Other Great Associates of Madhwacarya:


 

Sripad Visnu Tirtha

 

This is the younger brother of Madhwa who became the founder of Sode Mutt. He was an incredible yogi and renunciate, living in a cave no wider than his body standing. In the pastime at Kanvatirtha some of his qualities are recorded in Madhwa Vijay. Tradition has it that to this day he is still performing austerities on the Kumara Hill at Subrahmanya Ksetra of the western Ghats. Hrsikesa Tirtha, in his book Sampradaya Paddhati, states that in the Kali Yuga Visnu Tirtha will re-appear to preach Madhwa philosophy there. His only known work is a book on the duties of 'sannyasa', including the importance of 'Visnu-bhakti', roles of 'grhasta' and 'sannyasa ashramas', and cleanliness, bathing, 'tilak', 'japa' (regulated chanting), worship of Deities, offering foods to the Lord, fasting, and vows taken during the four months of the rainy season etc.

 

Sripad Visnu Tirtha was given beautiful Deities of Bhu-Varaha by Sripad Madhwacarya. Lord Varaha is very nicely decorated with Bhudevi seated on His left thigh. Incidently at the Sode Mutt they also have a Deity of Hayagriva, Who is whitish and is seen with 'jnana mudra', a book, 'japa mala', and a white conchshell respectively in each of His hands. He is the presiding Deity of knowledge and was brought there by Vadiraja Tirtha, the twentieth swami of the Sode Mutt who appeared around the sixteenth century and lived for 120 years.

 

In the Madhwa Vijay (15:96-116.) there is a nice description of the final pastime of Visnu Tirtha joining Madhwa after the passing away of their parents at Pajaka-ksetra which will be included later.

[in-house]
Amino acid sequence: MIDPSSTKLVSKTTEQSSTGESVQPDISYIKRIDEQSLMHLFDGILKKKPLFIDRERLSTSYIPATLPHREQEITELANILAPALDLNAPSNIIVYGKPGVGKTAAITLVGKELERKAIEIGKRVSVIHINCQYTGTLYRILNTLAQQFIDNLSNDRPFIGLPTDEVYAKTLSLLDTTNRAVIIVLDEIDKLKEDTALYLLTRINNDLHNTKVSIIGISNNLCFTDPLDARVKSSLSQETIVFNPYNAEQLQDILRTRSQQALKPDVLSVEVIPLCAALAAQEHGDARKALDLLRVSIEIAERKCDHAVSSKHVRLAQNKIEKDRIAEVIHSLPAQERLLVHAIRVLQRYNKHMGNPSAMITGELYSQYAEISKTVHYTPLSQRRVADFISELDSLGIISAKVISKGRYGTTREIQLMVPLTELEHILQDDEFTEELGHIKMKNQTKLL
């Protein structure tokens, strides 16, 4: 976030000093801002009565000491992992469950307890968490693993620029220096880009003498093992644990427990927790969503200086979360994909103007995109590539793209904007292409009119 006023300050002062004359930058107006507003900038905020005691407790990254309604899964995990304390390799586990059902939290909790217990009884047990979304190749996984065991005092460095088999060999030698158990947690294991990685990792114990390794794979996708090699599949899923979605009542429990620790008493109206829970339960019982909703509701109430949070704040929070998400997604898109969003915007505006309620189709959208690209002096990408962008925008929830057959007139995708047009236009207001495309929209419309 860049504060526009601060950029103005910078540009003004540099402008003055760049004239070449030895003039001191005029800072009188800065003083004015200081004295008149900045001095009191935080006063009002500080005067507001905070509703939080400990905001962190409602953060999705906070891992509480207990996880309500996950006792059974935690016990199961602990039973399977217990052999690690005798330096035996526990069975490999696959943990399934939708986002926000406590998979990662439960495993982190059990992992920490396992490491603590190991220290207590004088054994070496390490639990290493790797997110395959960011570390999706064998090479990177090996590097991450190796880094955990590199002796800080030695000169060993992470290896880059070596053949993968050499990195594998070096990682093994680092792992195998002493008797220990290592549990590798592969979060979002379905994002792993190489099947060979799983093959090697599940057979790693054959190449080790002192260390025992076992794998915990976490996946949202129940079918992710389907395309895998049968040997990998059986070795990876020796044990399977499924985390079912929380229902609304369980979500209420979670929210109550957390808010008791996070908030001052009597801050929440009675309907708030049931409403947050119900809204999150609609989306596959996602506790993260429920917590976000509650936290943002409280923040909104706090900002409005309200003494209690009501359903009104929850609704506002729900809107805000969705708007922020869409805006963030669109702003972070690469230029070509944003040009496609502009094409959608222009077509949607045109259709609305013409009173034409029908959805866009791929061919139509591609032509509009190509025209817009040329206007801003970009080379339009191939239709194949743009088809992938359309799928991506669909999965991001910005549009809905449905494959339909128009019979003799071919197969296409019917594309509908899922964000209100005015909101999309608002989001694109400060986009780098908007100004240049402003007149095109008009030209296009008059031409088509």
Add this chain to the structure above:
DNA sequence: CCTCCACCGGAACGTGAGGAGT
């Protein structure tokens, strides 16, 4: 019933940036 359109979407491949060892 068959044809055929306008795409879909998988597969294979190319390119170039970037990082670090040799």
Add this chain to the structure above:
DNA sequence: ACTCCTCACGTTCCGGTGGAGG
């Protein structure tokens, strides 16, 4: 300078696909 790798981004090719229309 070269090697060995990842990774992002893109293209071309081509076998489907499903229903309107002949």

Srila Trivikrama Panditacarya.

 

 

Sriman Trivikrama Panditacarya took his birth in the family of Likuca (Pejjataya) like Madhwa, near modern day Kasagar. He was a 'Shivalli Brahmin', and His father was Subrahmanya Pandit of the 'Angirasa Gotra'. Trivikrama was the eldest of three sons, and he emerged as a scholar of the Monist Adwaita school, although he never saw himself as a 'mayavadi', because he was never satisfied with it's conclusions. 

 

He became the court pandit of Jayasimha Maharaja, the King of Kumbla. There is an incredible story of the meeting between Trivikrama, the King and Madhwa, during which Madhwa stated all known philosophies, and one by one smashed them all. He then lured the court pandit into a debate and over fifteen days changed the mind of the doubting Trivikrama into a Madhwa Vaisnava. After being soundly defeated by Madhwa at Visnumangala and becoming Madhwa's disciple, Trivikrama wrote three books. Madhwacarya showed him many favours, due to his devotion and dedication. Trivikram Panditacarya was a householder. His youngest son was Narayana Panditacarya who is the compiler of the biography of Madhwa (Madhwa Vijay) from which I have taken the details surrounding Madhwa's life for the compilation of this book. He too was very learned, and devoted to Madhwa. There are about twenty books accredited to Narayana Panditacarya. He spent about thirty years growing up in the association of Sripad Madhwacarya.

 

Another that came much later is Sriman

Vishnu Puri